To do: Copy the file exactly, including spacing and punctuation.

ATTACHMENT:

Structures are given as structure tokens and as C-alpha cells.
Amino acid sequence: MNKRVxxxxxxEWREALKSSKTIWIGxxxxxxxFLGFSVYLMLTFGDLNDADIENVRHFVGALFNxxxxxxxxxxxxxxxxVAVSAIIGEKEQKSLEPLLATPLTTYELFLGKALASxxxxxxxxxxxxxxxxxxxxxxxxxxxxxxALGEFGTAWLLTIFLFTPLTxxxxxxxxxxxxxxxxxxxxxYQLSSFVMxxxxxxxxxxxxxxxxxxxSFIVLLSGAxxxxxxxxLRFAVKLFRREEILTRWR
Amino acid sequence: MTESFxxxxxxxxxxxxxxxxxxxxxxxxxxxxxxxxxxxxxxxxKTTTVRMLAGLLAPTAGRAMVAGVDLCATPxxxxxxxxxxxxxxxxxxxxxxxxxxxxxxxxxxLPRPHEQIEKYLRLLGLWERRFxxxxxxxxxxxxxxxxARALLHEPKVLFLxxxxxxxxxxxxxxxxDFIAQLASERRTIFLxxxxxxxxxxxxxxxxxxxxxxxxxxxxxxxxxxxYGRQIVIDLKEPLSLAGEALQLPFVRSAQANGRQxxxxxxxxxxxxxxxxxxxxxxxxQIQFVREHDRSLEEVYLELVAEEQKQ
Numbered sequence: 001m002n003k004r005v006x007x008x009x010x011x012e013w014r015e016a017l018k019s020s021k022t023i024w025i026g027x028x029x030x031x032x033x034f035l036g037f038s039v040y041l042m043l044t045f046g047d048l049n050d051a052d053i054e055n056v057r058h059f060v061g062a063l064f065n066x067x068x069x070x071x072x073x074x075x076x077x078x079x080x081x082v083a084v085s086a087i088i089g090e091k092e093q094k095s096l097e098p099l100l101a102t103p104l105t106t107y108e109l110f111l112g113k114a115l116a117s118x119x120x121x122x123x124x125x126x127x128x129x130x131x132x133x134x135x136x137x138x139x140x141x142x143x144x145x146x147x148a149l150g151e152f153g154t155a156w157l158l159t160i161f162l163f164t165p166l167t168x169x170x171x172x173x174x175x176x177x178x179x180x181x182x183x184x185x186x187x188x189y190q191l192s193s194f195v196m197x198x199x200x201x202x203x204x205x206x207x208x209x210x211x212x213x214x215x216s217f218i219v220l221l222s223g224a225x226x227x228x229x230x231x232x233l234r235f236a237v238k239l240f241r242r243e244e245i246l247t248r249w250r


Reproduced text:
Structures are given as structure tokens and as C-alpha cells.
Amino acid sequence: MNKRVxxxxxxEWREALKSSKTIWIGxxxxxxxFLGFSVYLMLTFGDLNDADIENVRHFVGALFNxxxxxxxxxxxxxxxxVAVSAIIGEKEQKSLEPLLATPLTTYELFLGKALASxxxxxxxxxxxxxxxxxxxxxxxxxxxxxxALGEFGTAWLLTIFLFTPLTxxxxxxxxxxxxxxxxxxxxxYQLSSFVMxxxxxxxxxxxxxxxxxxxSFIVLLSGAxxxxxxxxLRFAVKLFRREEILTRWR
Amino acid sequence: MTESFxxxxxxxxxxxxxxxxxxxxxxxxxxxxxxxxxxxxxxxxKTTTVRMLAGLLAPTAGRAMVAGVDLCATPxxxxxxxxxxxxxxxxxxxxxxxxxxxxxxxxxxLPRPHEQIEKYLRLLGLWERRFxxxxxxxxxxxxxxxxARALLHEPKVLFLxxxxxxxxxxxxxxxxDFIAQLASERRTIFLxxxxxxxxxxxxxxxxxxxxxxxxxxxxxxxxxxxYGRQIVIDLKEPLSLAGEALQLPFVRSAQANGRQxxxxxxxxxxxxxxxxxxxxxxxxQIQFVREHDRSLEEVYLELVAEEQKQ
Numbered sequence: 001m002n003k004r005v006x007x008x009x010x011x012e013w014r015e016a017l018k019s020s021k022t023i024w025i026g027x028x029x030x031x032x033x034f035l036g037f038s039v040y041l042m043l044t045f046g047d048l049n050d051a052d053i054e055n056v057r058h059f060v061g062a063l064f065n066x067x068x069x070x071x072x073x074x075x076x077x078x079x080x081x082v083a084v085s086a087i088i089g090e091k092e093q094k095s096l097e098p099l100l101a102t103p104l105t106t107y108e109l110f111l112g113k114a115l116a117s118x119x120x121x122x123x124x125x126x127x128x129x130x131x132x133x134x135x136x137x138x139x140x141x142x143x144x145x146x147x148a149l150g151e152f153g154t155a156w157l158l159t160i161f162l163f164t165p166l167t168x169x170x171x172x173x174x175x176x177x178x179x180x181x182x183x184x185x186x187x188x189y190q191l192s193s194f195v196m197x198x199x200x201x202x203x204x205x206x207x208x209x210x211x212x213x214x215x216s217f218i219v220l221l222s223g224a225x226x227x228x229x230x231x232x233l234r235f236a237v238k239l240f241r242r243e244e245i246l247t248r249w250r